Working in one of these spaces may also light a creative spark, says Bryan Koontz, CEO of Guidefitter.com; he has worked in several coworking spaces in his entrepreneurial journey. “Free to pursue entrepreneurial ventures that commonly stem from a passion or hobby, many people benefit from added meaning and significance to their work,” he says. “When people are in control and free to work on meaningful tasks, happiness and productivity can flourish.”
Many coworking spaces offer a variety of options at different price points. You can rent a space for a few hours a week very inexpensively, or you can spend more for unlimited access and/or private office space or conference rooms. Different options can provide entrepreneurs with a great deal of financial flexibility. Some people even choose to bring employees into their coworking space as their companies grow.
According to Alex Cohen, Lead Commercial Specialist with brokerage CORE, “Coworking spaces are also typically fully built-out (in flexible configurations) and don’t require a tenant to expend capital on fit-out, furniture, or voice/date wiring—all of which are potential expenses when a company leases dedicated office space.”
The money you save may be used to grow your business. Tight cash flow is one of the top problems new businesses face. It can prevent you from hiring new employees, taking on new projects, and buying new supplies. Plus, it’s often one of the things lenders look at when deciding whether to give you a business loan (along with your personal and business credit scores). Keeping an expense like office space variable instead of fixed can keep your books flexible and help you grow your business at the right time.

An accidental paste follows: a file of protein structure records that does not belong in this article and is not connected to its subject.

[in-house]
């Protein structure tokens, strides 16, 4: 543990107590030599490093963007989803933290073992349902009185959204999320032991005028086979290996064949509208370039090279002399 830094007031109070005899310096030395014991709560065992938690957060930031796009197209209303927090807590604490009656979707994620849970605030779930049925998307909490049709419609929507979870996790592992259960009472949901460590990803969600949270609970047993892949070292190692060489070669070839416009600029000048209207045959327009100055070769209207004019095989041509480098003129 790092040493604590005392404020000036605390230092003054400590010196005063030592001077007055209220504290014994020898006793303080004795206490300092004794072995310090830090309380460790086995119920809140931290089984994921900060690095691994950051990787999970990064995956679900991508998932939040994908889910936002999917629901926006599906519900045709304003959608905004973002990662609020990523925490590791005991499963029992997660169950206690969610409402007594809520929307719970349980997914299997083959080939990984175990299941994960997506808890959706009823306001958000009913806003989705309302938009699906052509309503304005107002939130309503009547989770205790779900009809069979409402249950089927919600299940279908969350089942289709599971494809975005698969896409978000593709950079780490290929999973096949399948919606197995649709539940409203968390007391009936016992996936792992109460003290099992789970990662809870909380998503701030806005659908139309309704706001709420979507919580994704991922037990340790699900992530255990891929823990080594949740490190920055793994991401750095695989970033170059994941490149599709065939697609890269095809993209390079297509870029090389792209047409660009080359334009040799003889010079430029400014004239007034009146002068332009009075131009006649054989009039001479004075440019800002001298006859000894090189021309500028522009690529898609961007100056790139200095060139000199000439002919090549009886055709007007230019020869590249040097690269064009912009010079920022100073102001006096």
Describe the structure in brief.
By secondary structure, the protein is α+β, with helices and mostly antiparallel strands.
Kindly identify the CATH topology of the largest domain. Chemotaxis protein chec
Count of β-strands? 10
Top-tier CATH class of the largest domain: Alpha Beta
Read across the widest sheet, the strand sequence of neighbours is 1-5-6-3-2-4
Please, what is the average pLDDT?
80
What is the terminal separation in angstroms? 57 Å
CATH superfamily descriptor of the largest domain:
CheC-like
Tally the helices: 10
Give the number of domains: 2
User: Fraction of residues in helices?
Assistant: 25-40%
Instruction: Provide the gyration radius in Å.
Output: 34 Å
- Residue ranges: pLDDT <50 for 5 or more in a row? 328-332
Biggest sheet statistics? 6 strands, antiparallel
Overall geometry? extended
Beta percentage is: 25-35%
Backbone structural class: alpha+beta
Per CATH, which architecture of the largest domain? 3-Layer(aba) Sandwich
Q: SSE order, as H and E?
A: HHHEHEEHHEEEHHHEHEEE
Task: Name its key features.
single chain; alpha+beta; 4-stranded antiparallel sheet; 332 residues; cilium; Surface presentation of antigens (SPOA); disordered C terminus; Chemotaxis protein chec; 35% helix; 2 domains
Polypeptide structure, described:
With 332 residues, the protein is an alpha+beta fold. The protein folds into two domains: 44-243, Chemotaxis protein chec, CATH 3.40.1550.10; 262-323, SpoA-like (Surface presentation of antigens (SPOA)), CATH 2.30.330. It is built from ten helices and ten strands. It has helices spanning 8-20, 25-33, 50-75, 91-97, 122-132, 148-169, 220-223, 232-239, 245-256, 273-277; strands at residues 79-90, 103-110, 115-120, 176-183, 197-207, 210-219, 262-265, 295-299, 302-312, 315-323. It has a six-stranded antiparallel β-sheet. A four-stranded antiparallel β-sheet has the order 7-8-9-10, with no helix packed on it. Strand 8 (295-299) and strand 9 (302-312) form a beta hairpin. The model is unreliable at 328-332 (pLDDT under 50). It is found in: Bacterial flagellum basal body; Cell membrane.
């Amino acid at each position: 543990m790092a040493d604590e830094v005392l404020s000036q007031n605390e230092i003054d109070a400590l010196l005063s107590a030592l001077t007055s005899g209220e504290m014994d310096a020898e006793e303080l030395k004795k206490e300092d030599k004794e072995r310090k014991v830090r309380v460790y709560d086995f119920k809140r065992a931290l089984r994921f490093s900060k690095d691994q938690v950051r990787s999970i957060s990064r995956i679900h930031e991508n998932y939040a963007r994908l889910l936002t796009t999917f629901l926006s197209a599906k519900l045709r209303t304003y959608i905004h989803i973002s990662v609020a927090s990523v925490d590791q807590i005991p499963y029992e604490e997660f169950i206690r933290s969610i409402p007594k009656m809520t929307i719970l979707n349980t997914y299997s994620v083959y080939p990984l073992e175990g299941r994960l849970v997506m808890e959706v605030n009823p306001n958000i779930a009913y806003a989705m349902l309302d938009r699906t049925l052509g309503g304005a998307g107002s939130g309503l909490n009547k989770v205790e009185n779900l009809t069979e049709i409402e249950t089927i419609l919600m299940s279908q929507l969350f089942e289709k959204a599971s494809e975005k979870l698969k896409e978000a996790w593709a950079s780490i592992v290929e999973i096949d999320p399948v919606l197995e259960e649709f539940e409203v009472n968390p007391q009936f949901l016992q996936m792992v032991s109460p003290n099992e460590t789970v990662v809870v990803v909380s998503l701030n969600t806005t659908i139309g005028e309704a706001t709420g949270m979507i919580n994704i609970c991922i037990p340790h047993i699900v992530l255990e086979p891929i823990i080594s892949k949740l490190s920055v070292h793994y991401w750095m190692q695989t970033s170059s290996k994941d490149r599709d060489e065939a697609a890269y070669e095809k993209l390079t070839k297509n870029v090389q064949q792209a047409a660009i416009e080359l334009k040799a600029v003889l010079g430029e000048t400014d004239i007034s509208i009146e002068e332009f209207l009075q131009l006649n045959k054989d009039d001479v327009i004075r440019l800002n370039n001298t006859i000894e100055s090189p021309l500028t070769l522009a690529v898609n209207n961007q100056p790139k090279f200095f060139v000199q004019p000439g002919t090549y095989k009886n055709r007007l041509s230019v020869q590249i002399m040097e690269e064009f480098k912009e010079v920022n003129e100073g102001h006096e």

Coworking isn’t for everyone, of course; there are pros and cons to coworking spaces. One entrepreneur told me the walls in the private offices in his coworking space didn’t extend to the ceiling. Not only were phone conversations not as private as he’d hoped, but the entire space would get very noisy at times. William Gadea says, “The biggest downside is the acoustics, especially if the offices are all glass—it makes it really hard to have two people on the phone at the same time.”
Make sure the space is a good fit for your workstyle. “Certain floor plan components will help you maximize productivity in coworking spaces,” explains Maura Thomas, founder of RegainYourTime.com. “Knowledge work requires quiet, thinking space for flow. However, you can still build in opportunities for collaboration in an open work space.”
Noise-canceling headphones may help, but you don’t want to be so distracted that you can’t get any real work done. Consider renting space for a few hours to try it out before you commit.
Overall, though, many entrepreneurs are enthusiastic about coworking benefits that can help their businesses grow. As Michael Zimmerlich, founder of 80/20 Records, who works out of CO+HOOTS in Phoenix, says, “The real-time education that I’ve learned from my [coworking] peers is invaluable in keeping my business current and relevant in today’s society.”